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A Grand Monday: Rover 114 SLi

Published 13 February 2017

Love it or loathe it, the Rover Metro is very much an icon of British culture. Launched (as the Austin Mini Metro) in 1980, it was a British car 'to beat the world' - and despite its antiquated A-series running gear, it was a more than worthy rival to the likes of the Ford Fiesta and Renault 5

With Austin-Rover desperate to move away from the utilitarian days of British Leyland, the Metro was progressively improved throughout its life. Five-door models appeared in 1985, along with a revised cabin that gave the Metro a fully integrated fascia rather than the old modular instrument binnacle and Allegro/Marina switchgear that had made the first Metro feel older from the inside than it looked on the outside. 

It was a strong seller, but by the time the 1980s came to an end, the Metro was woefully out of date - when launched, it was competing against the first generation of Ford Fiesta, but by 1990, it was up against the third, which was a wholly more modern car.

Of course, Rover Group (as it had become) had no budget with which to develop a brand new car, so the Metro was 'Roverised', taking the newly developed K-series engines from the new Rover 200 series (including a 1.1-litre variant developed for the Metro) and new five-speed and CVT automatic gearboxes - both long overdue.

Rover Metro (5)

Despite its aged underpinnings - most notable from the cramped cabin and limited glass area - the Rover Metro wasn't a bad car. Indeed, it won a number of awards from sympathetic car magazines, which still had a vestige of patriotism about them at the time. But as the Nineties progressed, so did car design.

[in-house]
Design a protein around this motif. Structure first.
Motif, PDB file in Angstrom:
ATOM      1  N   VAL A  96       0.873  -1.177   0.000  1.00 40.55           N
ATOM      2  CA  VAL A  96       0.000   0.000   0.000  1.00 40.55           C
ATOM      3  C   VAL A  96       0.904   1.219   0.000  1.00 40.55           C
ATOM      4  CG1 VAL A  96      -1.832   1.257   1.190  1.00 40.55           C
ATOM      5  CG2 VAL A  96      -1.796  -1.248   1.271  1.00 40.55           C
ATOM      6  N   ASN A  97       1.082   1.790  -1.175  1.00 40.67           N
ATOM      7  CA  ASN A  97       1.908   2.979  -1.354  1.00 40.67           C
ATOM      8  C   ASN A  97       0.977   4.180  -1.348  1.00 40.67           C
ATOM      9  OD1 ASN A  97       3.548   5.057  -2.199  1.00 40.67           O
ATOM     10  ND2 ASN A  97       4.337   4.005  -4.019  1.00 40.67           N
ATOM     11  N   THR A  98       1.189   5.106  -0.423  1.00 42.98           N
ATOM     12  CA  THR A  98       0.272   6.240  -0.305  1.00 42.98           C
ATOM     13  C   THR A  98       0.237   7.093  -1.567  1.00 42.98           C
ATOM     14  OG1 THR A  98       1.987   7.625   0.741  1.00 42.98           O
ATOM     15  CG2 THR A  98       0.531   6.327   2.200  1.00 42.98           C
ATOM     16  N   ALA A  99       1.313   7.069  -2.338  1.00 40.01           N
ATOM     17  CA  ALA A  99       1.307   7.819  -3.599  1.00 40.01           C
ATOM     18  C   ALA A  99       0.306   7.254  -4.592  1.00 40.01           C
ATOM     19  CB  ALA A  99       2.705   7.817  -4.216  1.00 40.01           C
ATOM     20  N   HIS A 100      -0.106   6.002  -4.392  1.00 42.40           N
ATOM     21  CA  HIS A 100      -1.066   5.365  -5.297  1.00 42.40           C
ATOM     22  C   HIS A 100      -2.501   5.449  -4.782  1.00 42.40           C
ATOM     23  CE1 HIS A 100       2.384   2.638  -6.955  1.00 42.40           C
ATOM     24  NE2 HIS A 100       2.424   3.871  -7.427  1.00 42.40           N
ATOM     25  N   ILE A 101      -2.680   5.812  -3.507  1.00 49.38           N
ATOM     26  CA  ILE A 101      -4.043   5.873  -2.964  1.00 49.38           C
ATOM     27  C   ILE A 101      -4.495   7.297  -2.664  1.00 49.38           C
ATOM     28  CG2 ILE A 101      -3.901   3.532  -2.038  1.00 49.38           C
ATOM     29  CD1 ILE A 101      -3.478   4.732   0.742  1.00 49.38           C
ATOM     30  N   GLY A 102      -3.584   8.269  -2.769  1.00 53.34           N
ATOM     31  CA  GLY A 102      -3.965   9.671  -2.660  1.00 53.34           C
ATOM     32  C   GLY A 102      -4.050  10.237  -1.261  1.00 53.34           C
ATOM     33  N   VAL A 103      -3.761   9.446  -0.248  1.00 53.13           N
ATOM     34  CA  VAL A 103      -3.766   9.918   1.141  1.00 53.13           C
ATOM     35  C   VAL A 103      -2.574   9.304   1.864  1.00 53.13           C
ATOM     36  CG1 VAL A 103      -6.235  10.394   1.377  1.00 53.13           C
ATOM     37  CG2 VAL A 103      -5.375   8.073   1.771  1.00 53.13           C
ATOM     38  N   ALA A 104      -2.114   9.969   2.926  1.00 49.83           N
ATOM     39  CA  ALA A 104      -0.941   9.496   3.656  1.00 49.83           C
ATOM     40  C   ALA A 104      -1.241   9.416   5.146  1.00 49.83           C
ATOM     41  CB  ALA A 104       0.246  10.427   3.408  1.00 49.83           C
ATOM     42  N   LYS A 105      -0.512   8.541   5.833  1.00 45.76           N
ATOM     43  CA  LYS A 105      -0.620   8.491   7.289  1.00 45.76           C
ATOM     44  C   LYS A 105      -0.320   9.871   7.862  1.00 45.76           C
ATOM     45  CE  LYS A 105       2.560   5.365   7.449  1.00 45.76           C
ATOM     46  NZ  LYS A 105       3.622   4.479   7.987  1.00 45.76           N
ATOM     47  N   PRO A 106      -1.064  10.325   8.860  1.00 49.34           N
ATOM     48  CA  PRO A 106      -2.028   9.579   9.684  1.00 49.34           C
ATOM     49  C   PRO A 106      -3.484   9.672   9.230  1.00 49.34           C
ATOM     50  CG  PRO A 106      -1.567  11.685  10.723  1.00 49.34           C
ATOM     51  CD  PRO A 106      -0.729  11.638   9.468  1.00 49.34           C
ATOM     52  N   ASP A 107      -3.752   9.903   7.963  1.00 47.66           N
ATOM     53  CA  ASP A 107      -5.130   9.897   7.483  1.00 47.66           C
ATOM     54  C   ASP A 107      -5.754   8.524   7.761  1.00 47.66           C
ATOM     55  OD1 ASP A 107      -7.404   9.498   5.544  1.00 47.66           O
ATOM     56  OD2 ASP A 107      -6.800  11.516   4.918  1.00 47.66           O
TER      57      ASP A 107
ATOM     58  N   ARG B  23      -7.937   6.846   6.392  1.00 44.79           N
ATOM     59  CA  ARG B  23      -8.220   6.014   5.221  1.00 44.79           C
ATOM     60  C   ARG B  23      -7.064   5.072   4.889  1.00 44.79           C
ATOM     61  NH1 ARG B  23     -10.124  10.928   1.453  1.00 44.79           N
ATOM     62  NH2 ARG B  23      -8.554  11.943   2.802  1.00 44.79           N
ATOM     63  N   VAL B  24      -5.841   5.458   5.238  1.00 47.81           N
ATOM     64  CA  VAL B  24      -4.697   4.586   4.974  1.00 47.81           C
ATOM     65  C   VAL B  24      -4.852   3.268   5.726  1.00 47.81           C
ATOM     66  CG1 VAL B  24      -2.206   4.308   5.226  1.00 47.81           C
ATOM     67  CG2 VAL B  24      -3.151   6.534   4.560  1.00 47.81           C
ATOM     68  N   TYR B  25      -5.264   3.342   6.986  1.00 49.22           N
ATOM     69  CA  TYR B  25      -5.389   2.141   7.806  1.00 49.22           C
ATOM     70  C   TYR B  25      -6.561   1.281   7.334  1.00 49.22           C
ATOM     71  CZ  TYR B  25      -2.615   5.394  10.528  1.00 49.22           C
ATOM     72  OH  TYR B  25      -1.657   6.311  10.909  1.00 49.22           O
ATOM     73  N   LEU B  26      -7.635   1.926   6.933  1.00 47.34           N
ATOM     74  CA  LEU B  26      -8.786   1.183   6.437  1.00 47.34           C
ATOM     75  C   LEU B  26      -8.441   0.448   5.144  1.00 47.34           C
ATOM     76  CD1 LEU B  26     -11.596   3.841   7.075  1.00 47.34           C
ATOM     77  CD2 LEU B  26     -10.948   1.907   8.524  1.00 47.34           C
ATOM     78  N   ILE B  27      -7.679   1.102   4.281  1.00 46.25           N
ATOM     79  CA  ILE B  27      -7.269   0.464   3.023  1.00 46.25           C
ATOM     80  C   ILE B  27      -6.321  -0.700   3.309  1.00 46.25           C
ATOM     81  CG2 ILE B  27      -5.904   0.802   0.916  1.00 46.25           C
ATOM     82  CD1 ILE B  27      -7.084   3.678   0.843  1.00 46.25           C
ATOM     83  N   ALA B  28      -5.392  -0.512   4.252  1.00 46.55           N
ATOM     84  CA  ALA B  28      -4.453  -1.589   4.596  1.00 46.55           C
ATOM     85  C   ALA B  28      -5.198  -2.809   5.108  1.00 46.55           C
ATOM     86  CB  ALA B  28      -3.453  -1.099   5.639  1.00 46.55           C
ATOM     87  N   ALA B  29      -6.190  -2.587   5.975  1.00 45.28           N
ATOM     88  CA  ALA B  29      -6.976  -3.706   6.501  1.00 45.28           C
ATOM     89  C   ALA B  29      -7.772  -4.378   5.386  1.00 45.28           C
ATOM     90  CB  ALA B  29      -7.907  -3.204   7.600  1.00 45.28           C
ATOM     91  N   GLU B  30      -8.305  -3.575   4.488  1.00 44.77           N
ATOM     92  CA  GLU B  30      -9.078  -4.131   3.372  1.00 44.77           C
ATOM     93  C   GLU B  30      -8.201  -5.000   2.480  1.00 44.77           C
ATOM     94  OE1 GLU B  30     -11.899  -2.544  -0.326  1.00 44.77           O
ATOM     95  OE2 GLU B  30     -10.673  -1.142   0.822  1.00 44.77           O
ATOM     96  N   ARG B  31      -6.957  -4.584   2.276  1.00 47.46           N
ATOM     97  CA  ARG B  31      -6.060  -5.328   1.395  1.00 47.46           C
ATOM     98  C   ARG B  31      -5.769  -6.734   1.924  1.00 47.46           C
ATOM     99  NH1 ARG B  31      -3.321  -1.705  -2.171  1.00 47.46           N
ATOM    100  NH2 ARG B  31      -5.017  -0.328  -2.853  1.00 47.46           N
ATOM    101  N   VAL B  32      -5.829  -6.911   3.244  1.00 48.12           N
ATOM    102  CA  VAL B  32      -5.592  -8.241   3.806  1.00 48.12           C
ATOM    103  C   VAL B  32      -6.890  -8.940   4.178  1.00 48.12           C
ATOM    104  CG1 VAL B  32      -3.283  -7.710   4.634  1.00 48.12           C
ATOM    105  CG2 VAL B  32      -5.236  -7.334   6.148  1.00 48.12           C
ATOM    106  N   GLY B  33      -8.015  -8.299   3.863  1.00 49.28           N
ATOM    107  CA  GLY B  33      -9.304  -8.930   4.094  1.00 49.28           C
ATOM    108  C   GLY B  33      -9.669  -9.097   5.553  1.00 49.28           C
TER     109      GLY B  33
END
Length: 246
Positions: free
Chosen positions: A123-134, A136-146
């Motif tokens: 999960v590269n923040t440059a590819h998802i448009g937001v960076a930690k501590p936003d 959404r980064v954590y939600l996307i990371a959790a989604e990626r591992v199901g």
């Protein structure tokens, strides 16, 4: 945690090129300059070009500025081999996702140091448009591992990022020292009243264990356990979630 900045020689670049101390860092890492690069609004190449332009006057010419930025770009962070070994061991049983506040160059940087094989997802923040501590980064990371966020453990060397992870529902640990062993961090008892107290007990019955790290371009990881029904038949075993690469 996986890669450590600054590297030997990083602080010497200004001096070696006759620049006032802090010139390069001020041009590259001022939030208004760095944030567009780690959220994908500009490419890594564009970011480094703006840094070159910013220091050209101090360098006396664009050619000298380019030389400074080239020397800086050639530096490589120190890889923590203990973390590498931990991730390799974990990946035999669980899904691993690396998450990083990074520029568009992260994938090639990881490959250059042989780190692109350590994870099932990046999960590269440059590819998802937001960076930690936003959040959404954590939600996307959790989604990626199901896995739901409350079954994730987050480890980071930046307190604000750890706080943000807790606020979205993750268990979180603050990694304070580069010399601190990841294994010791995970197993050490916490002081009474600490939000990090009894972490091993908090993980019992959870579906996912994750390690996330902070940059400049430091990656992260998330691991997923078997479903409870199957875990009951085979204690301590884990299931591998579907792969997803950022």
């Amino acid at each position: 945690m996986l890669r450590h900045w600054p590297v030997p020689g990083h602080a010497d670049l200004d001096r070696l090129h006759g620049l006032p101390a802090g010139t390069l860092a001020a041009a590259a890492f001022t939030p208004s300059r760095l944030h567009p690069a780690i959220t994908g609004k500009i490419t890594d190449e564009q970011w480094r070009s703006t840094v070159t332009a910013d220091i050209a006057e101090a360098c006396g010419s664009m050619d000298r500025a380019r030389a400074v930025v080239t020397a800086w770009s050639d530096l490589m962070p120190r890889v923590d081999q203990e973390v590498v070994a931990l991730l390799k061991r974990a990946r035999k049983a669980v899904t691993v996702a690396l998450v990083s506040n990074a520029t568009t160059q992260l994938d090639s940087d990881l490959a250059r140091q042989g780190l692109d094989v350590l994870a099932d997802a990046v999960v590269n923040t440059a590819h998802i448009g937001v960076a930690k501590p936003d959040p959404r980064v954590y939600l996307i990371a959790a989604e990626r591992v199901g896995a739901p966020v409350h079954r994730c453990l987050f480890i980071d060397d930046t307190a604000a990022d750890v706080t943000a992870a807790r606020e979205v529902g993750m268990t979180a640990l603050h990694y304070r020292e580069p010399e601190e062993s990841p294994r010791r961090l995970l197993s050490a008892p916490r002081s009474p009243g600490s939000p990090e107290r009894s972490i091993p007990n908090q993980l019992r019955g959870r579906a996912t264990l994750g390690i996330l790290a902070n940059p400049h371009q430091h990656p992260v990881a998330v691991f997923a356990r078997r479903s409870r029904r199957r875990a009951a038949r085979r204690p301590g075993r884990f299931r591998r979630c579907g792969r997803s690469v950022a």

In 1995, Rover gave the Metro its last stand, this time as the Rover 100 Series (cue Alan Partridge's famous 'They've rebadged it, you fool...' quote) and it soldiered on for another three years, by which time it wasn't just woefully, but this time painfully out of date. By the time it was put out to pasture, the 100's key rivals included the second generation Renault Clio, the fourth generation Fiesta and the brand new Peugeot 206. No matter how you tried to look at the 100, it was a product of a different era...

As a result, it was never greatly loved. But viewed in isolation, it's not a bad car. The Metro was one of the best superminis of the 1980s, and the 100 was the ultimate development of it. Also, in order to get customers into showrooms, Rover played the only card in its armoury to make the 100 attractive, which means they were frequently very well specced. Throw into the mix the fact that many 100s were bought by more mature customers, who valued buying British above all else, and there are many around that have low mileages and have been kept in cosy garages all their lives, thus avoiding the rampant rear wheel arch corrosion frequently seen on less mollycoddled Metros.

This one is the perfect example, just 35k covered from new, and less than 5000 miles aded to the odometer in the past decade. It's immaculate and has clearly been well cared for, with a clean MoT history save for an advisory over corrosion on the spare wheel carrier. 

Rover Metro (4)

Being an SLi, it has such luxuries as a sunroof, central locking, a rev counter and a radio-cassette (what more do you need?) and comes with the CVT automatic gearbox. Apart from a reputation for being a bit snatchy when cold, the Metro/100 CVT is one of the better automatic boxes to be found in a contemporary supermini - like all CVTs it makes some fantastically weird noises, but it's set up to keep the engine revs at their peak performance, and - coupled to the 84bhp 1.4-litre engine - that makes the CVT the best performing non-performance Metro there was. It's genuinely a hoot. 

At £799, It's not the cheapest on the market, but apart from being a bit low at the front (nothing a quick pump-up to the Hydragas suspension won't fix) it's probably one of the best...

Rover Metro (2)


FearsomeJimny    on 13 February 2017

This is the best thing ever.

Chris C    on 13 February 2017

It may have been outdated and not exactly crashworthy but there was a residual demand for it, partly since it was good fun to drive, and after the BMW sale MG Rover seriously looked at putting it back into production.

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